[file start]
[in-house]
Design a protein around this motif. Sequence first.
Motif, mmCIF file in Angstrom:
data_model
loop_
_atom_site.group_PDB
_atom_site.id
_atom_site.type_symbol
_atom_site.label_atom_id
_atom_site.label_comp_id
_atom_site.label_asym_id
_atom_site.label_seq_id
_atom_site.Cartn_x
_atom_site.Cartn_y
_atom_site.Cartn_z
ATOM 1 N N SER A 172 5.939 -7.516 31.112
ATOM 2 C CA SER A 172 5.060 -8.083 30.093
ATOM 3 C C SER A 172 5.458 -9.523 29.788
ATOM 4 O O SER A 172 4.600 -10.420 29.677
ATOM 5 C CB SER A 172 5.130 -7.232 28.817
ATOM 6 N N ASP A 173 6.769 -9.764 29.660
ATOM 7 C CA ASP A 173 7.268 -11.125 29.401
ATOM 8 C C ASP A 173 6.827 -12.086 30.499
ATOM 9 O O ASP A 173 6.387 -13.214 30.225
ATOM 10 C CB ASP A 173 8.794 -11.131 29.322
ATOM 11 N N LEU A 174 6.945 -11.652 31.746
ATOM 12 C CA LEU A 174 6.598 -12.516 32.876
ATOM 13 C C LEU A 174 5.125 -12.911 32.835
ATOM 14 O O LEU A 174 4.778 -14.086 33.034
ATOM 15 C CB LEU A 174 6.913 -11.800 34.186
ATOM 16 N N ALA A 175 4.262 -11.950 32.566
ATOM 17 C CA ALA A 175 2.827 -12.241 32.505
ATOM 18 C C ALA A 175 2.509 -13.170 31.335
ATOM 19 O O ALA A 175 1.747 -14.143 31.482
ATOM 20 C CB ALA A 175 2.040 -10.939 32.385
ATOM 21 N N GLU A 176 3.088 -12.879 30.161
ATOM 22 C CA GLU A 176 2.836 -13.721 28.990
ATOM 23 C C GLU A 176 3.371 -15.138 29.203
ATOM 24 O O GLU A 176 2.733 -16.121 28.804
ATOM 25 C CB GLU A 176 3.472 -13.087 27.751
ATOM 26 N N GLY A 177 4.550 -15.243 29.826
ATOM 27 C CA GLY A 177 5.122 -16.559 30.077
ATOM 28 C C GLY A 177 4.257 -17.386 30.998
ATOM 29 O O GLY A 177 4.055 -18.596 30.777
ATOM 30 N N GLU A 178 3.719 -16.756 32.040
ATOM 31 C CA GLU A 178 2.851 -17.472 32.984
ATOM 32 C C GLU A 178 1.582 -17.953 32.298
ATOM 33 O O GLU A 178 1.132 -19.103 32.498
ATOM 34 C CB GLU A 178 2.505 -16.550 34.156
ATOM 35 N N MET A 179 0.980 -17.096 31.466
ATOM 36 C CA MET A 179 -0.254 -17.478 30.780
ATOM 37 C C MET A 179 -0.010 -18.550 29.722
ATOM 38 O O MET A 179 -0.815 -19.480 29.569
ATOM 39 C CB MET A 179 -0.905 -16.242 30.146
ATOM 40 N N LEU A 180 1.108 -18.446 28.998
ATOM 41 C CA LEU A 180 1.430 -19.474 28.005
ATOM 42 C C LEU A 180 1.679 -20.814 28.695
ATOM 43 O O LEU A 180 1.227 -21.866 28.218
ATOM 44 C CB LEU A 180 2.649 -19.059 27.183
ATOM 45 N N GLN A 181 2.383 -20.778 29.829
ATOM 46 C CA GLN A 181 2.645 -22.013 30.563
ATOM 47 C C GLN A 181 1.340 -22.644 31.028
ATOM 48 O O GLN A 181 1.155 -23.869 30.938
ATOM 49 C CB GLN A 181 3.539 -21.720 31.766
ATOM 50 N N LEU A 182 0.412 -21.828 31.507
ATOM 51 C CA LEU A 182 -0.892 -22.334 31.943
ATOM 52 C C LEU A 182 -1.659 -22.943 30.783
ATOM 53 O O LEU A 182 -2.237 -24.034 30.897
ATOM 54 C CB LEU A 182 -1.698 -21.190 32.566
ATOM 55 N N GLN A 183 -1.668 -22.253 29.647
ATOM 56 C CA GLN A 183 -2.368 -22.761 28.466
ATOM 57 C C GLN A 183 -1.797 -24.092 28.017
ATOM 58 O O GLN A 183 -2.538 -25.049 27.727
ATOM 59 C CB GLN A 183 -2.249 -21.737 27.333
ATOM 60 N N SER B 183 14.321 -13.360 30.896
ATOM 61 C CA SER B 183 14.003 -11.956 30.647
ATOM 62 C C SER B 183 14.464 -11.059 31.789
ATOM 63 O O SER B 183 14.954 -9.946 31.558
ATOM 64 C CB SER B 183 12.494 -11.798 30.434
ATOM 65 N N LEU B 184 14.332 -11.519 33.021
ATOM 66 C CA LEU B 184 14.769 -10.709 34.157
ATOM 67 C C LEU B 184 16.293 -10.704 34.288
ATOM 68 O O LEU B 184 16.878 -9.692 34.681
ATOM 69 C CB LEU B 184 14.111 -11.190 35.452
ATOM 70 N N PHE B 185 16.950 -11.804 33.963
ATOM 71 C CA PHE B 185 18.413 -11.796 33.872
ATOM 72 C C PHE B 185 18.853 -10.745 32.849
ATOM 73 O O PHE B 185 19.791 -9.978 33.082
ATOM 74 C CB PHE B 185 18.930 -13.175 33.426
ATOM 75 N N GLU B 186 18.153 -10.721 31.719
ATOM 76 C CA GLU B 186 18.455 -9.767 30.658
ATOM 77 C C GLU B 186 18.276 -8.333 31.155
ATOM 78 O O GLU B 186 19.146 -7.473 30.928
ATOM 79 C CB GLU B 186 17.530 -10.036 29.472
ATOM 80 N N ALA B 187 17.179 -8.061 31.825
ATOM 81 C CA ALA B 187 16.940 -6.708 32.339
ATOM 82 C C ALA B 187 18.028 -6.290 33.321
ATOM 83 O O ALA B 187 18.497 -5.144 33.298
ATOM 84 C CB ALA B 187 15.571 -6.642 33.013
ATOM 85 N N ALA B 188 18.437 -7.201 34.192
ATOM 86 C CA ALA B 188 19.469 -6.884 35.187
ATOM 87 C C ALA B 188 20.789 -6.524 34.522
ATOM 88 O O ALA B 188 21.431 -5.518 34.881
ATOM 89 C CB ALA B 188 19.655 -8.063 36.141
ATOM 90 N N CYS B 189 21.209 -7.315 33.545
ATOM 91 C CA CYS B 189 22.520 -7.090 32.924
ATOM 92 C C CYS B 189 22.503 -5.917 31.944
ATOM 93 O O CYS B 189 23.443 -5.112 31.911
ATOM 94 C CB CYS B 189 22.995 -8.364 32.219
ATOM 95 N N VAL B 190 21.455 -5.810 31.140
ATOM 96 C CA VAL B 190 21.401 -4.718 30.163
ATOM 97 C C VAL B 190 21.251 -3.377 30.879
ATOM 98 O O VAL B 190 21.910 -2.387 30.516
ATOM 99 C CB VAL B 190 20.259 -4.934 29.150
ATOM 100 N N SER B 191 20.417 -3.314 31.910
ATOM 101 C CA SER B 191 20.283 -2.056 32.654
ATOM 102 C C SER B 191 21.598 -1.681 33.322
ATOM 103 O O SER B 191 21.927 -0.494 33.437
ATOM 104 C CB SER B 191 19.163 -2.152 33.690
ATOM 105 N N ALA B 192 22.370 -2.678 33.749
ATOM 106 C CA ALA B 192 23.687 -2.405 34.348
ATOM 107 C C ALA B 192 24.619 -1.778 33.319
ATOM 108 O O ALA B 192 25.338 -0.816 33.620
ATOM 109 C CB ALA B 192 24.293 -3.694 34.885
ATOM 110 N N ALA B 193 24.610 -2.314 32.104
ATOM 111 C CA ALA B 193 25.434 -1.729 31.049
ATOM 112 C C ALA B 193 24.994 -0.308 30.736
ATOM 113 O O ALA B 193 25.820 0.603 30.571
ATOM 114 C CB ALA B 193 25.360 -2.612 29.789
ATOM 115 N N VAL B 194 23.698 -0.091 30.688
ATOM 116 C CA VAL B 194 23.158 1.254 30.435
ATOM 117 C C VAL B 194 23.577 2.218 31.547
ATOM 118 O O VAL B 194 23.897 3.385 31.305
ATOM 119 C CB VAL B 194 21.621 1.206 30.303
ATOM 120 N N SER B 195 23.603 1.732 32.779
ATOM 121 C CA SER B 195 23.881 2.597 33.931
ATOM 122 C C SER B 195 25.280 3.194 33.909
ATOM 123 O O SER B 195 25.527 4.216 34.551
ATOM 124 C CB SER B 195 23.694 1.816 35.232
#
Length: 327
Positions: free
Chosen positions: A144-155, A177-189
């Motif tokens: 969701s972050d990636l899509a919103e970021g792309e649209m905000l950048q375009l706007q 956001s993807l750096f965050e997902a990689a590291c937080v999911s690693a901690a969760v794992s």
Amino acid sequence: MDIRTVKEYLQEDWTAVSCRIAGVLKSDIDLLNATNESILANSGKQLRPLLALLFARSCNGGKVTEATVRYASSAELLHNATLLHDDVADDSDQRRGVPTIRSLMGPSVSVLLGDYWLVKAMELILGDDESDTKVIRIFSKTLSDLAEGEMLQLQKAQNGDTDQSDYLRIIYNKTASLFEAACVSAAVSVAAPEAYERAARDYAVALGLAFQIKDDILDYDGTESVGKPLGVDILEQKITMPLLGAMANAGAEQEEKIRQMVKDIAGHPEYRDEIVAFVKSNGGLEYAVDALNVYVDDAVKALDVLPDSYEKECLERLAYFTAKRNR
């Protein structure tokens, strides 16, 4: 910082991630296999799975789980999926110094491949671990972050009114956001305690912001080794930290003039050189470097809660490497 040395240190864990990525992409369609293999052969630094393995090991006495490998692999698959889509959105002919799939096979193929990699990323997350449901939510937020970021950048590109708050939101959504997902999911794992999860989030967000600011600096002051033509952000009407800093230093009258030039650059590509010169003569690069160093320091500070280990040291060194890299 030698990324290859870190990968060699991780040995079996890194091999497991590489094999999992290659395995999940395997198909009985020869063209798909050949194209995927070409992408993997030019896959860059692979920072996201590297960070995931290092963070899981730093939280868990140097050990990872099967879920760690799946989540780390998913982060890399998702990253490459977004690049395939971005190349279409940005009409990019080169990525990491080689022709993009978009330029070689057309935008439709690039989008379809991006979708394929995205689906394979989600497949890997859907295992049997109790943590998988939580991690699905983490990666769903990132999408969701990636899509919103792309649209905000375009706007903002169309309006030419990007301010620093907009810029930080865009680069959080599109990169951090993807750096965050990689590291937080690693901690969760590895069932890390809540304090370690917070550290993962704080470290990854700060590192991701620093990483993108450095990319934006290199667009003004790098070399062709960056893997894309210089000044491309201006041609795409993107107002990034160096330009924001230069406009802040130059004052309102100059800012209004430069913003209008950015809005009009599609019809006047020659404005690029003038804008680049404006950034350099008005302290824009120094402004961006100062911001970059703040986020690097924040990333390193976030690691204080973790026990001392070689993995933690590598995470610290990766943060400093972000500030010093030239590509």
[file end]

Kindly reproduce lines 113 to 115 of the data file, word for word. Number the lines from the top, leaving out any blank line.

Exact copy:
ATOM 98 O O VAL B 190 21.910 -2.387 30.516
ATOM 99 C CB VAL B 190 20.259 -4.934 29.150
ATOM 100 N N SER B 191 20.417 -3.314 31.910